A little over a year and a half ago, in a piece analyzing the Justice Department transition from Clinton to Bush, I wrote:

Unsurprisingly, one factor that is very seldom discussed in Election 2008 coverage is how the candidates would treat the DoJ if elected, both ideologically and logistically. Perhaps it’s time for Wolf Blitzer and the cats at CNN to ask a question about human trafficking, mandatory minimums, restricted access to civil courts, wire-tapping, or racial discrimination…

The Bush precedent has hopefully taught all of the candidates two lessons: first, that a multi-dimensional DoJ cannot be taken for granted, and, second, that effective policymaking largely hinges on the competency of the choice for Attorney General.

I think a join a good number of people in arguing that Eric Holder, President-elect Obama’s choice to be the next Attorney General, is just the sort of competent and experienced legal mind needed to restore the Justice Department to its Clintonian roots as a civil rights watchdog. A lot of what I wrote in that post was a reaction to a piece in that morning’s New York Times, which drew attention to the fact that the Bush DoJ seemed to be pushing civil rights litigators out the door in favor of so-called “holy hires” who specialized in religious advocacy. The Times indexed a number of consequences of what it called a “mission change” in the Bush Justice Department:

[Increased intervention] in federal court cases on behalf of religion-based groups like the Salvation Army that assert they have the right to discriminate in hiring in favor of people who share their beliefs even though they are running charitable programs with federal money.

Supporting groups that want to send home religious literature with schoolchildren; in one case, the government helped win the right of a group in Massachusetts to distribute candy canes as part of a religious message that the red stripes represented the blood of Christ.

Vigorously enforcing a law enacted by Congress in 2000 that allows churches and other places of worship to be free of some local zoning restrictions. The division has brought more than two dozen lawsuits on behalf of churches, synagogues and mosques.

Taking on far fewer hate crimes and cases in which local law enforcement officers may have violated someone’s civil rights.

Sharply reducing the complex lawsuits that challenge voting plans that might dilute the strength of black voters. The department initiated only one such case through the early part of this year, compared with eight in a comparable period in the Clinton administration.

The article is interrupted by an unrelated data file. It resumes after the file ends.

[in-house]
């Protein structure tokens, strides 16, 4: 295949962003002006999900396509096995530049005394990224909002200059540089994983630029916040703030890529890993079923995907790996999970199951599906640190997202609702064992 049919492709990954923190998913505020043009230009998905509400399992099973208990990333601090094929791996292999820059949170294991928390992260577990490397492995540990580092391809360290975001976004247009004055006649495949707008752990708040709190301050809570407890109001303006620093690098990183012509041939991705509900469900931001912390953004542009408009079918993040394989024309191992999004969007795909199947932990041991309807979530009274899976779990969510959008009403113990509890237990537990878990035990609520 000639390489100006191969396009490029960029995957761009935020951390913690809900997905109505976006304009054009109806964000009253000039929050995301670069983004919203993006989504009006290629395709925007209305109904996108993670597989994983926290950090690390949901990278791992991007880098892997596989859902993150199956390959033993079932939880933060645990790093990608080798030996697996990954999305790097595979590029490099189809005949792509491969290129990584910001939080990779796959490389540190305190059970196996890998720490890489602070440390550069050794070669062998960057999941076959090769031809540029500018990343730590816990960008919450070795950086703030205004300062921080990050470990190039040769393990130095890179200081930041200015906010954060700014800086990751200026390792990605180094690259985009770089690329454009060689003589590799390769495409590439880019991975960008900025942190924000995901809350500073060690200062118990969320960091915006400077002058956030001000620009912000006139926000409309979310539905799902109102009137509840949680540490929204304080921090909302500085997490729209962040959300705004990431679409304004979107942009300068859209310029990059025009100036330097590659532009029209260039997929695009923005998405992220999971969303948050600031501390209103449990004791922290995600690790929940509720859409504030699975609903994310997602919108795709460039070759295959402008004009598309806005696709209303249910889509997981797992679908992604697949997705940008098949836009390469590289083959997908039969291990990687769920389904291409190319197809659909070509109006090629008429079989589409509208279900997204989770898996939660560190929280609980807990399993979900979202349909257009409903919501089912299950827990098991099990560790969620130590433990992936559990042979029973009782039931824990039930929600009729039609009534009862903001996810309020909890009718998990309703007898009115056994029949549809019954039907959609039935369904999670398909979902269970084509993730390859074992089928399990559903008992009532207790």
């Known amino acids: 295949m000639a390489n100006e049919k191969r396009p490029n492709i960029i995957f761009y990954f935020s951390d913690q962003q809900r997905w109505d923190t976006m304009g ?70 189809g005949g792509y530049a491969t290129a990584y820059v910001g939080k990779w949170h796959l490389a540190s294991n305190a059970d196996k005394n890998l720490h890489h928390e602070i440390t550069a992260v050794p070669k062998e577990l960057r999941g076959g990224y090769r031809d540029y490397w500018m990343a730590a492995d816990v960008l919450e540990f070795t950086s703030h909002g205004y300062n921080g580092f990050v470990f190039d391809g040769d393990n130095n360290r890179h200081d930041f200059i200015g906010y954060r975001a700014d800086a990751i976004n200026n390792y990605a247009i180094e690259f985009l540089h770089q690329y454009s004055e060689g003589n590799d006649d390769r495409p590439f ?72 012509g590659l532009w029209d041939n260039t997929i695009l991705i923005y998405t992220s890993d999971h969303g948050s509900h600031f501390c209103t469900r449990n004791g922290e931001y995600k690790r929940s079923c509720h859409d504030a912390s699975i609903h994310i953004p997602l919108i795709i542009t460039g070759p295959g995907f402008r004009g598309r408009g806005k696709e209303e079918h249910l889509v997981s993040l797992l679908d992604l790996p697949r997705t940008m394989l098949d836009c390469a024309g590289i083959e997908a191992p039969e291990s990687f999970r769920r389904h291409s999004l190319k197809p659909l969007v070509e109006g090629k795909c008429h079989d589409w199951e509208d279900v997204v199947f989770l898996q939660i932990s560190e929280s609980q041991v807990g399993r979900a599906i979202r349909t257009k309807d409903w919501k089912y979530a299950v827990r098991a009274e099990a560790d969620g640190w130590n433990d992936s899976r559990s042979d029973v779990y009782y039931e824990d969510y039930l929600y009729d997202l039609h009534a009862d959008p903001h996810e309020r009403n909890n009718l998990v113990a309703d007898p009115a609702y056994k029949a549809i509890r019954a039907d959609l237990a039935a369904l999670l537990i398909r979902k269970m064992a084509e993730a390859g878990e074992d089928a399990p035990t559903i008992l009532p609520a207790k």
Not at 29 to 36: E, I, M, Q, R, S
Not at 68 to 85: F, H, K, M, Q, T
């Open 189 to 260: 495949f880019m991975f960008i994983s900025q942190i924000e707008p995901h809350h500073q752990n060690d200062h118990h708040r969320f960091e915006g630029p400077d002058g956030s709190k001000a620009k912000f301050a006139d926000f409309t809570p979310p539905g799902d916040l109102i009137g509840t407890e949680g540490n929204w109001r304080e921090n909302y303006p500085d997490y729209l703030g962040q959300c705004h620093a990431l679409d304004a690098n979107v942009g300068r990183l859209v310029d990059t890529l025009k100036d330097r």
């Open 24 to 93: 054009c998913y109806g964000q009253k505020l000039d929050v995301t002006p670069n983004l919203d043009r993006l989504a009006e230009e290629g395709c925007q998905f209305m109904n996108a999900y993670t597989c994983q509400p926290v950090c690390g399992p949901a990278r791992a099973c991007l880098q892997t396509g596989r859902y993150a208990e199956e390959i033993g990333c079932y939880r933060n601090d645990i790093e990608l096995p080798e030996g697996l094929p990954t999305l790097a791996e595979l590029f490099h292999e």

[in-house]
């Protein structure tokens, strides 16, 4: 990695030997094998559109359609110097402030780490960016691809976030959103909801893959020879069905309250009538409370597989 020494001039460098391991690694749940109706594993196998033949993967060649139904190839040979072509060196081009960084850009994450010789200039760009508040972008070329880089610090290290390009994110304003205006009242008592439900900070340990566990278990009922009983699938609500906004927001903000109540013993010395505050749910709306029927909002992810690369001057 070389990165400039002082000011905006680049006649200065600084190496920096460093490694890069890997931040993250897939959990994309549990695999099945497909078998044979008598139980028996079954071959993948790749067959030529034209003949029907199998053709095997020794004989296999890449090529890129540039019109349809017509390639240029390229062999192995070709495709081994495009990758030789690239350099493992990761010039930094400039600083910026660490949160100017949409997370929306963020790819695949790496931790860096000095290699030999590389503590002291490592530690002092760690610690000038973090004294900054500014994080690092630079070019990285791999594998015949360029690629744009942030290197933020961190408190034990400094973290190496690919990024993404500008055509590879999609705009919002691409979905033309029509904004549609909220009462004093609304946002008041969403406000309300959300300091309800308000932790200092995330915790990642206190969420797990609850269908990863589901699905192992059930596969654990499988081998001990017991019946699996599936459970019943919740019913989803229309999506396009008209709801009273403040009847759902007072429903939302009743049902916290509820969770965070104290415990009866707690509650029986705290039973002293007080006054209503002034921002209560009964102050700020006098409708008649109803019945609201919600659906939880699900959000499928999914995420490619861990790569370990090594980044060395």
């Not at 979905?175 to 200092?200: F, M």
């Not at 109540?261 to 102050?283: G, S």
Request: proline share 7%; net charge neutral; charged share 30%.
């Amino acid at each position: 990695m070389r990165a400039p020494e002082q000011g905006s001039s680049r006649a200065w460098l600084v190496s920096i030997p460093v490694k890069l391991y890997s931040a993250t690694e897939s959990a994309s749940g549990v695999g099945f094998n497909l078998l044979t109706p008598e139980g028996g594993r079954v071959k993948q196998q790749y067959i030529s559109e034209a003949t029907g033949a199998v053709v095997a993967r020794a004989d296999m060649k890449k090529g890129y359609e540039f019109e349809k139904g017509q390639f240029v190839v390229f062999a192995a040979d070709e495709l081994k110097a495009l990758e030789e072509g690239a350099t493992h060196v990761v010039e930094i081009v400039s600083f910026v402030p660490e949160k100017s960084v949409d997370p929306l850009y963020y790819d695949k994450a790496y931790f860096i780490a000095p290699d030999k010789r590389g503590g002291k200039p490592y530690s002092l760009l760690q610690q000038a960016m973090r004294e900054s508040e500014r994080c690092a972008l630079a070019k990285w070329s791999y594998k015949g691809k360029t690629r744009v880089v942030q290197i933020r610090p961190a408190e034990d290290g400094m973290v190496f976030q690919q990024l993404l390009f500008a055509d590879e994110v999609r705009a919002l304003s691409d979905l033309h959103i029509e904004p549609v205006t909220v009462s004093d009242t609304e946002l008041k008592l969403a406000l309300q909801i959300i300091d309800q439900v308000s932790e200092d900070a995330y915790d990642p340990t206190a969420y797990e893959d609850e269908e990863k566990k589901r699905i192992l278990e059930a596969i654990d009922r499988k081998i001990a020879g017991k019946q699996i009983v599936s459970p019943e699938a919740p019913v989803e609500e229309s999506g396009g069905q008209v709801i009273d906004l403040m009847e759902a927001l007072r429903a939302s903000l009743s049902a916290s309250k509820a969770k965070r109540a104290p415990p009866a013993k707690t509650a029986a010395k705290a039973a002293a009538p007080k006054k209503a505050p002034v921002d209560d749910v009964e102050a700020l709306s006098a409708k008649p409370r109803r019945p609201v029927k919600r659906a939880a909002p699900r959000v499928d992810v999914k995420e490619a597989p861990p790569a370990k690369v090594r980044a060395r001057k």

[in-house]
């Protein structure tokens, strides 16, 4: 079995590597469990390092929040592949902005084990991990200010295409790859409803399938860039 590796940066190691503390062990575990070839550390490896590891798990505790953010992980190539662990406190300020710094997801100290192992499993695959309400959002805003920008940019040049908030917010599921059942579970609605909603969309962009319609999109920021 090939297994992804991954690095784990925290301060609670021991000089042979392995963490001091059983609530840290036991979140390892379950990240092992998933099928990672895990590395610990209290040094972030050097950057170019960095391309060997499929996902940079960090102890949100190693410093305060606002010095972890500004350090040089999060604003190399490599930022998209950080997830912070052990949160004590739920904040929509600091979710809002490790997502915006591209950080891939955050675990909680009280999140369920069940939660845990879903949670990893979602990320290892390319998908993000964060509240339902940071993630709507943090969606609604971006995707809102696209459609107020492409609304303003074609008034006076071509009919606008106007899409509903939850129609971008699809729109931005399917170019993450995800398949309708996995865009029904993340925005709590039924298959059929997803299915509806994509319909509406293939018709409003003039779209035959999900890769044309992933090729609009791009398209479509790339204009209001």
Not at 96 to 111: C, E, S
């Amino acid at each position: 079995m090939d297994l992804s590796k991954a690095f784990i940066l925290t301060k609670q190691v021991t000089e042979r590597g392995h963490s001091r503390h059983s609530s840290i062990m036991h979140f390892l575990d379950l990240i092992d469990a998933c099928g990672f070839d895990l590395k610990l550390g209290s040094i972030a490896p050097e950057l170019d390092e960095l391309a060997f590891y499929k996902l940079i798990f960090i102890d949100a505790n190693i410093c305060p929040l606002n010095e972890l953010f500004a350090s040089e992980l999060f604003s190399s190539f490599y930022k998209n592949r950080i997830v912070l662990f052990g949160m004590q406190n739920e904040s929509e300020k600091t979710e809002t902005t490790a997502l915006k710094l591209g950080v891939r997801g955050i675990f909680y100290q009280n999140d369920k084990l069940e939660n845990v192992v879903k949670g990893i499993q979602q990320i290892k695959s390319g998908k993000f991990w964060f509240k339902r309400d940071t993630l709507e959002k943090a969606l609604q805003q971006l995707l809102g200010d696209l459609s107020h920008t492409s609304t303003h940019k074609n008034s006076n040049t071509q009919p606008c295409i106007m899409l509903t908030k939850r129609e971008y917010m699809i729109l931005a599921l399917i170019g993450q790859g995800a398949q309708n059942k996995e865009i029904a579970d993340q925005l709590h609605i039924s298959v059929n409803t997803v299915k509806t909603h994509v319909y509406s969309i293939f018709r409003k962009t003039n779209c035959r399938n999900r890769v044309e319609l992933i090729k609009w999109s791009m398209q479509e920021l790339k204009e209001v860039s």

Again, Holder seems like just the right choice to reframe civil rights as a departmental priority. As a 1L at Columbia Law School in 1974, Holder worked at the NAACP’s Legal Defense and Educational Fund, a civil rights organization with a reputation for community-based change. A vocal critic of the warrantless wire tap program, Holder is also on the record railing against the USA PATRIOT Act. He told CNN:

When you look at some of the things that have done under the spirit of the [Patriot Act], where you detain citizens without giving them access to a lawyer, where you listen in on attorney-client conversations without involving a judge, these are the kinds of things that have been done in the name of the Patriot Act by this administration that I think are bad ultimately for law enforcement and will cost us the support of the American people…

In short, my argument is that we now have a near-perfect candidate, uniquely equipped to restore the Justice Department’s critical role in protecting civil rights. I think that if you had asked Neil Lewis, who wrote that article for the Times, to give you the name of someone who could lead the DoJ back to its core mission, he might very well have said Eric Holder.

This is especially good news considering that it now appears as though Senate Republicans, after first signaling that Holder’s nomination may be derailed by the Marc Rich pardon, have now acquiesced to the appointment. Expect Holder to be confirmed shortly after the Inauguration, and the DoJ’s policy priorities to begin radically shifting not long after.


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